Costa Rica is a member of UNCTAD’s international network of transparent investment procedures ( http://www.businessfacilitation.org ). Within that context, the Ministry of Economy compiled the various procedures needed to do business in Costa Rica: https://tramitescr.meic.go.cr/ . Accounting, legal, and regulatory procedures are transparent and consistent with international norms. The stock and bond market regulator SUGEVAL requires International Accounting Standards Board for public companies, while the Costa Rican College of Public Accountants (Colegio de Contadores Publicos de Costa Rica -CCPA) has adopted full International Financial Reporting Standards for non-regulated companies in Costa Rica; for more, see the international federation of accountants IFAC: https://www.ifac.org/about-ifac/membership/country/costa-rica .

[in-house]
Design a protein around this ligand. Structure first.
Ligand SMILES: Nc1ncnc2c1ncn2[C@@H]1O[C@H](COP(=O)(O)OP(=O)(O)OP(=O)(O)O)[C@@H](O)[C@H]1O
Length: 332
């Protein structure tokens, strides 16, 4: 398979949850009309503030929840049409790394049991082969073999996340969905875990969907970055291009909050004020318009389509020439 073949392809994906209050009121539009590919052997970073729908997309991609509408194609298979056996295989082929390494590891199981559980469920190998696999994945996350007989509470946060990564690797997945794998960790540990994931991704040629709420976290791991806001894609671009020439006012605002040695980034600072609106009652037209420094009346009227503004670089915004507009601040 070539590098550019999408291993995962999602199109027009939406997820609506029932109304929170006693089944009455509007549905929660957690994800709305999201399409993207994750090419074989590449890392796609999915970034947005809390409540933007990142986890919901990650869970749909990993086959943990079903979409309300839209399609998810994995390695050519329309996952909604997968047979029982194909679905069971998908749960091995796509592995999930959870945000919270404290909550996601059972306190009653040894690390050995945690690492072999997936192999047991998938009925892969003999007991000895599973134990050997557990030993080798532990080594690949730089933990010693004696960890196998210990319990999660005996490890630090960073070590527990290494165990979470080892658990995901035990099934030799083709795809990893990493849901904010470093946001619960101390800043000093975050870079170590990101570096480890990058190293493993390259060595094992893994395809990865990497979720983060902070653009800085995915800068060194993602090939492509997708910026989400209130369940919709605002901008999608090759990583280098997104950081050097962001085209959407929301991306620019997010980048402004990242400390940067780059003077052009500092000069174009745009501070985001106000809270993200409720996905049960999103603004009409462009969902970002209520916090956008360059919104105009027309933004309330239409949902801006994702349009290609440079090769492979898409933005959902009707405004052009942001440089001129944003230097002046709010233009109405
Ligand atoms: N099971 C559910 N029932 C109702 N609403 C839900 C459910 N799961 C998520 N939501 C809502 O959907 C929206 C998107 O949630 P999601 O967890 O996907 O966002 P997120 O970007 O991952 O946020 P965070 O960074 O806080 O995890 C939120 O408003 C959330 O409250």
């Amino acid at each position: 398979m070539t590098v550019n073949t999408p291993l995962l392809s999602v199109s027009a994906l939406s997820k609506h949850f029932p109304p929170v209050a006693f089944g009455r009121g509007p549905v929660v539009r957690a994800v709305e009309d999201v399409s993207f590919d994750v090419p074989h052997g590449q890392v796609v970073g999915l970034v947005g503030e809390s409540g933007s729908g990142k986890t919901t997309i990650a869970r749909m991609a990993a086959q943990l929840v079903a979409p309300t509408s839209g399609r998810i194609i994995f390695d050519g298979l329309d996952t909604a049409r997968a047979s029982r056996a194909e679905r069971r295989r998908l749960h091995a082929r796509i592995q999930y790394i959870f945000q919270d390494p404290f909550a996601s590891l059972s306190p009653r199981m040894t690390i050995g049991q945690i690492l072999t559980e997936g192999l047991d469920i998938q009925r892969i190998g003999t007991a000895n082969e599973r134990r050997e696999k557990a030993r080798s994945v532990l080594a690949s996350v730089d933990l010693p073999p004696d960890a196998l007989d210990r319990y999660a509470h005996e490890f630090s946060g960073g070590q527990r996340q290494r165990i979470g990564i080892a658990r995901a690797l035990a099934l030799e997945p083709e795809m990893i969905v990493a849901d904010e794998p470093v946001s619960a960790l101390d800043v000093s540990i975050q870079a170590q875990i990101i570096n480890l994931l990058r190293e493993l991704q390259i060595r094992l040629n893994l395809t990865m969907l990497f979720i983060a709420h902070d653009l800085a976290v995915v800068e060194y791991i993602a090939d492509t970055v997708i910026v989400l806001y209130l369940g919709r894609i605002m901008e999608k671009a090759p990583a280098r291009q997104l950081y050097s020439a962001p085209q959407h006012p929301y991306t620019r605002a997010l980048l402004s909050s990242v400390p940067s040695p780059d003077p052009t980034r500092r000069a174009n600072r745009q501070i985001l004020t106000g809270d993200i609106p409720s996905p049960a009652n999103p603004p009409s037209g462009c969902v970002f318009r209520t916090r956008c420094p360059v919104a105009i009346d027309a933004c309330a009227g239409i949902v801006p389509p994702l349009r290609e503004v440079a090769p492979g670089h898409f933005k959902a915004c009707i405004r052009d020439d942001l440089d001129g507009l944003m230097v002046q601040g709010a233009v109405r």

Regulations must go through a public hearing process when being drafted. Draft bills and regulations are made available for public comment through public consultation processes that will vary in their details according to the public entity and procedure in question, generally giving interested parties sufficient time to respond. The standard period for public comment on technical regulations is 10 days. As appropriate, this process is underpinned by scientific or data-driven assessments. A similarly transparent process applies to proposed laws. The Legislative Assembly generally provides sufficient opportunity for supporters and opponents of a law to understand and comment on proposals. To become law, a proposal must be approved by the Assembly by two plenary votes. The signature of 10 legislators (out of 57) is sufficient after the first vote to send the bill to the Supreme Court for constitutional review within one month, although the court may take longer.